Misleading Hemp Intoxicants Terminology
Those producing and selling unregulated hemp-derived intoxicating products often rely on a confusing set of terms that can obscure meaning or even mislead the public and policymakers as to their intent. Here are a few of the terms commonly used in the hemp intoxicants industry, and what they actually mean:
Delta-8, or Delta-8 THC. A form of intoxicating tetrahydrocannabinol (THC), structurally similar to the primary intoxicant found in the marijuana plant, delta-9 THC. While it can appear naturally in the Cannabis Sativa L. plant, it appears only under certain conditions, and in trace amounts that are not commercially viable. Rather, delta-8 THC is produced using the non-intoxicating constituent of hemp, cannabidiol (CBD) as a starting point, and chemically converted into an array of other chemicals, many of which are intoxicating including delta-8 THC. Delta-8 was the first notable street drug produced from hemp, it is widely considered less potent than delta-9 THC although still clearly intoxicating and consumed for that purpose. Delta-8 has been eclipsed in popularity by artificially-produced delta-9 THC since it was introduced in late 2019.
Hemp D9, D9, or delta-9 THC. Now currently marketed as D9 when produced artificially from hemp, delta-9 THC is the primary intoxicating ingredient in marijuana. This drug is now widely available and has largely displaced delta-8 among hemp intoxicants consumers. Because many interpret federal law to allow hemp-derived intoxicants including D9, it is widely available at retail outlets and online. The only restrictions on sales or manufacturing take place under state law.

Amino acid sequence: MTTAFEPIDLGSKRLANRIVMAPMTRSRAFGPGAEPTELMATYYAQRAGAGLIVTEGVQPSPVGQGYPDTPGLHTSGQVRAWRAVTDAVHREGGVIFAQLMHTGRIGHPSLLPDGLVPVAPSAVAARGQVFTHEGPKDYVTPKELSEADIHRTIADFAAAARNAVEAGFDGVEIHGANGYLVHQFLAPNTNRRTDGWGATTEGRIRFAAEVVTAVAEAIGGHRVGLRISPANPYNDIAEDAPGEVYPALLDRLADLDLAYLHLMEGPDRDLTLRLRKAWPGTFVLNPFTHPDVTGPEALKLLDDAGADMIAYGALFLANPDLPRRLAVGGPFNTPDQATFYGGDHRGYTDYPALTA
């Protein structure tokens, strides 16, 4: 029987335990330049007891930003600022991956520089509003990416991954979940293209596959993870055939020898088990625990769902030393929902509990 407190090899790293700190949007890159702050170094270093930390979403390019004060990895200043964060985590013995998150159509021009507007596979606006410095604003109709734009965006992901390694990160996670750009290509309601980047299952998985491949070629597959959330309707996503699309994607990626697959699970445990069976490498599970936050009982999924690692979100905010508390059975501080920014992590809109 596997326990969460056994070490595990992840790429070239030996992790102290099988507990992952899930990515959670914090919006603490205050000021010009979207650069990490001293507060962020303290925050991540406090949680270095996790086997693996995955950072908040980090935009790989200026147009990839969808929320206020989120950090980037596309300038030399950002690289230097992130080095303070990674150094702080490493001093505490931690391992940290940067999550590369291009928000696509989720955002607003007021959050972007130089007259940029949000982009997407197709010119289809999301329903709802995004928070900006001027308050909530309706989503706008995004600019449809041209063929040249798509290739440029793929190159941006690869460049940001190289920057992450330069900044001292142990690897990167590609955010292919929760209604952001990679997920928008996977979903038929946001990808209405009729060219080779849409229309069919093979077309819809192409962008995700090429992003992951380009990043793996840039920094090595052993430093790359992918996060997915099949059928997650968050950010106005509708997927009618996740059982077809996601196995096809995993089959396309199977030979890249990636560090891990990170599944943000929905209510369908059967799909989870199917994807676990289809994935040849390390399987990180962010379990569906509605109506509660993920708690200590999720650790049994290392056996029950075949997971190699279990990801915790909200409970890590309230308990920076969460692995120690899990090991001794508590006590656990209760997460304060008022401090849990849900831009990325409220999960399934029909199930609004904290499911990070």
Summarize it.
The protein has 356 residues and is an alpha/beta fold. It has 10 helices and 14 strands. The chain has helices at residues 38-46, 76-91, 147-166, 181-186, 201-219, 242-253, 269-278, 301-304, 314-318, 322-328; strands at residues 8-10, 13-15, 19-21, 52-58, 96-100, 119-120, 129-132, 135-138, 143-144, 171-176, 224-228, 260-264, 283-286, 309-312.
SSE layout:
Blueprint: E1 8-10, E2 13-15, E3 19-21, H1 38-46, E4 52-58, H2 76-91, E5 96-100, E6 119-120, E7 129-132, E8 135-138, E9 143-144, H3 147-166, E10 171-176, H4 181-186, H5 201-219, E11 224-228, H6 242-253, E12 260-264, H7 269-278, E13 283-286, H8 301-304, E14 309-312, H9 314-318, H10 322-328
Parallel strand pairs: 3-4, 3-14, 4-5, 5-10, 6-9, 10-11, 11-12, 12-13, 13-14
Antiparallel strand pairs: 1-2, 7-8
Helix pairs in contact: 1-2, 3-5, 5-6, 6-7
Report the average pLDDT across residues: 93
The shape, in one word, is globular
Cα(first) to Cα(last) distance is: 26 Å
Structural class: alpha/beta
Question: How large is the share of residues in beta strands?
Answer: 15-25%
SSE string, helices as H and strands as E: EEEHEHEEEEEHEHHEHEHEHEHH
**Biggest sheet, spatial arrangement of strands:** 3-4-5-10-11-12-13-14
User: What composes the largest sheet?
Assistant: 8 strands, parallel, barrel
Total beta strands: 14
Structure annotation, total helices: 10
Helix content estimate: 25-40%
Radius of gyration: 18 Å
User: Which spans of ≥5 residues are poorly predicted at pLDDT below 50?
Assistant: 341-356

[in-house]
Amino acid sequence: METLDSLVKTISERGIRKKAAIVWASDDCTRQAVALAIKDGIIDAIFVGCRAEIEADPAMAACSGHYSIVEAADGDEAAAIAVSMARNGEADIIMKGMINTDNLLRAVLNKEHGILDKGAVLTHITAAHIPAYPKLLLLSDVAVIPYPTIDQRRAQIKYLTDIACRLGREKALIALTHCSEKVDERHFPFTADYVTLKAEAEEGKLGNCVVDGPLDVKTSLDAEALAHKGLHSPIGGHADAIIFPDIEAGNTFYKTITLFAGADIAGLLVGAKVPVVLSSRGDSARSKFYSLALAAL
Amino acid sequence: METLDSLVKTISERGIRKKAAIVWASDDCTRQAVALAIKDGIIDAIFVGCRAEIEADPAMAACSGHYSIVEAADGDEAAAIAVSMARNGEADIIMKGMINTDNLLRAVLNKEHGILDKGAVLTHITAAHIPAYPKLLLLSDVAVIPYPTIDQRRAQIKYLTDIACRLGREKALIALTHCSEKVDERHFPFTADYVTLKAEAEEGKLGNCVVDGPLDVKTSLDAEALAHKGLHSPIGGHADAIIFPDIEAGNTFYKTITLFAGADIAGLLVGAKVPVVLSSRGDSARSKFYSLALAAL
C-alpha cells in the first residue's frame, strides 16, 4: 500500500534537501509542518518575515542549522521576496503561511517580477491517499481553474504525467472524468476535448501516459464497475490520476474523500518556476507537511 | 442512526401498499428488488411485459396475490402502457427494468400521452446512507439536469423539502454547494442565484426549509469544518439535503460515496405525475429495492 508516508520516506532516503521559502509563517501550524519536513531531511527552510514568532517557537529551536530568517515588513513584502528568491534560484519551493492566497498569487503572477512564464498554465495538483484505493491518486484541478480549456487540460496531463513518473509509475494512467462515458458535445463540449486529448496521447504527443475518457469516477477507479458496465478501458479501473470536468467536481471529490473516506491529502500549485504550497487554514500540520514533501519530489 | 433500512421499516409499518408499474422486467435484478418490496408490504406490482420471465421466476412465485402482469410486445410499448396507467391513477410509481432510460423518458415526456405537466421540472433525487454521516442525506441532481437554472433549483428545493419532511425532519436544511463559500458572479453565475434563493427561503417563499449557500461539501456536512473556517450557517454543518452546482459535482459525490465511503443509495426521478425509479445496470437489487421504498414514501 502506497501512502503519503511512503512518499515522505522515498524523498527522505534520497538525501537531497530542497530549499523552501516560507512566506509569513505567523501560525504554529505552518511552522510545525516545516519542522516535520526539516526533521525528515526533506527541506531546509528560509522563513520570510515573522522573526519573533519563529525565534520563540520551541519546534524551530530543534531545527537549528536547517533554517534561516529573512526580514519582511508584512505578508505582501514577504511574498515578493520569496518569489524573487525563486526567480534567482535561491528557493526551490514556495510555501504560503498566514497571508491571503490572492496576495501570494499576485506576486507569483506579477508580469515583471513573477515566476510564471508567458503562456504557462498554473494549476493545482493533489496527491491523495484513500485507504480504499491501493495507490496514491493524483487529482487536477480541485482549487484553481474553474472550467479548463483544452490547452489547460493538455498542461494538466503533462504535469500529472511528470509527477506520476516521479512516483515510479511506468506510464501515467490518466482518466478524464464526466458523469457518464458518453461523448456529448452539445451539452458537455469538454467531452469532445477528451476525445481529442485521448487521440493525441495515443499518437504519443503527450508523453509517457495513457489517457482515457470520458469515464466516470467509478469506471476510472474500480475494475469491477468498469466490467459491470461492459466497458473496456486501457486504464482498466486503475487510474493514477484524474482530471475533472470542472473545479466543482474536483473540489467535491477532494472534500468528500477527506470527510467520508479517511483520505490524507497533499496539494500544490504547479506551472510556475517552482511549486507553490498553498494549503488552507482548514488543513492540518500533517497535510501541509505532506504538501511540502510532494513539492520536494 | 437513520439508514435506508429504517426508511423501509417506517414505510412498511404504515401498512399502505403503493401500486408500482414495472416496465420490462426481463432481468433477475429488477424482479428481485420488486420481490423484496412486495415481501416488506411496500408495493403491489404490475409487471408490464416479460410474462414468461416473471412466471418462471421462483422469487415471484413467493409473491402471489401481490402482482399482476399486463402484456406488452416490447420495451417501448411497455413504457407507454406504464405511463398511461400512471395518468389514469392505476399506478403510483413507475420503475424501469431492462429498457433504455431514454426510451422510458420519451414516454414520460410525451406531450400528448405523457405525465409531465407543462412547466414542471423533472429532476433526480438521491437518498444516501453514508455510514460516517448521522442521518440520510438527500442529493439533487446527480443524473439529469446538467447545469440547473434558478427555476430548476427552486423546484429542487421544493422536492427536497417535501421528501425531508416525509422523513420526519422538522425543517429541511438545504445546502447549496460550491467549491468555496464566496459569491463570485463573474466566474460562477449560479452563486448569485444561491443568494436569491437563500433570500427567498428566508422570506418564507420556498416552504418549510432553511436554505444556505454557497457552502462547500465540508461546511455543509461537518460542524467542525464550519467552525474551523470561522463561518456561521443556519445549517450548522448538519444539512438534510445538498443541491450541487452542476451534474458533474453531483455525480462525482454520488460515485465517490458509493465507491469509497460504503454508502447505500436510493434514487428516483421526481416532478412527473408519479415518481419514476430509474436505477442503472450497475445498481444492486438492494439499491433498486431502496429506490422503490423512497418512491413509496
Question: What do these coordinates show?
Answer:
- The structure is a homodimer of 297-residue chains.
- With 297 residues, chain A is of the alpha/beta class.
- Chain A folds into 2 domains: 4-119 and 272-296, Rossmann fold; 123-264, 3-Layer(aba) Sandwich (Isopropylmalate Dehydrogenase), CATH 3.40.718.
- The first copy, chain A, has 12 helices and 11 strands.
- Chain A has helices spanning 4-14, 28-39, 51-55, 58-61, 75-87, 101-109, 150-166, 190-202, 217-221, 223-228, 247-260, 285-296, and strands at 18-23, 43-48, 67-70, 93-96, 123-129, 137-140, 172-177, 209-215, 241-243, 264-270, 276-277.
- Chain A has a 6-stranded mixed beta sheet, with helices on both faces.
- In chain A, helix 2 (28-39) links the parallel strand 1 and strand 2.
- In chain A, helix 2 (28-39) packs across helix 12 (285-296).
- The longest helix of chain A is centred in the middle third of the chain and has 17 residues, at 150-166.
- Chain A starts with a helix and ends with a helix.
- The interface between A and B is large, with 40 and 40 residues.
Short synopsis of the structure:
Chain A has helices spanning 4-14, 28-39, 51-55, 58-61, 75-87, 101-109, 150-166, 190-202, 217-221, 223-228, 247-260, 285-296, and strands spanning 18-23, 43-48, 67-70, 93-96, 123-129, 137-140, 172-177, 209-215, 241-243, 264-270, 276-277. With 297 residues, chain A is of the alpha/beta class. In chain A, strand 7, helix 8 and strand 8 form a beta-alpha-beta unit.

Dietary Supplement or DSHEA. When used in this context, the term refers to the goal of hemp producers and retailers of intoxicating hemp products to regulate CBD and intoxicants products (such as “Full Spectrum Hemp,” described below) through the Food and Drug Administration’s supplements product pathway. This product category was established through the Dietary Supplement Health and Education Act, known by its acronym, DSHEA. The case for regulating these products through the dietary supplements pathway relies on the claim that CBD should be regulated by the FDA, with the further argument that intoxicating THC can be paired with CBD products and allowed in de minimis amounts through the entourage effect (see below). In fact, this is an effort to market intoxicants, with the presence of CBD being incidental to the consumer. In addition, such an approach would in fact undermine the supplements pathway and DSHEA.
Entourage Effect. This term refers to the theory that various compounds in a substance, when taken together, can produce a different physiological or psychoactive effect than when taken individually. This concept is most commonly mentioned in discussions about marijuana or cannabis, suggesting that the combined effect of the various cannabinoids such as THC and CBD, in addition to terpenes and other compounds contained in the plant, are more effective or offer different effects than any single compound on its own. The claim is that these compounds either enhance each other’s properties or mitigate potential side effects, leading to a more effective and balanced therapeutic outcome. Research is still preliminary on the validity of the theory, and broader studies beyond animal studies or gathering anecdotal evidence are needed. Hemp producers and retailers rely on the entourage effect theory in order to make the claim that the presence of CBD or other non-intoxicating ingredients in hemp products can negate the intoxicating effect of THC. However, there is simply no evidence that this is the case, and obscures the intent to sell intoxicating products.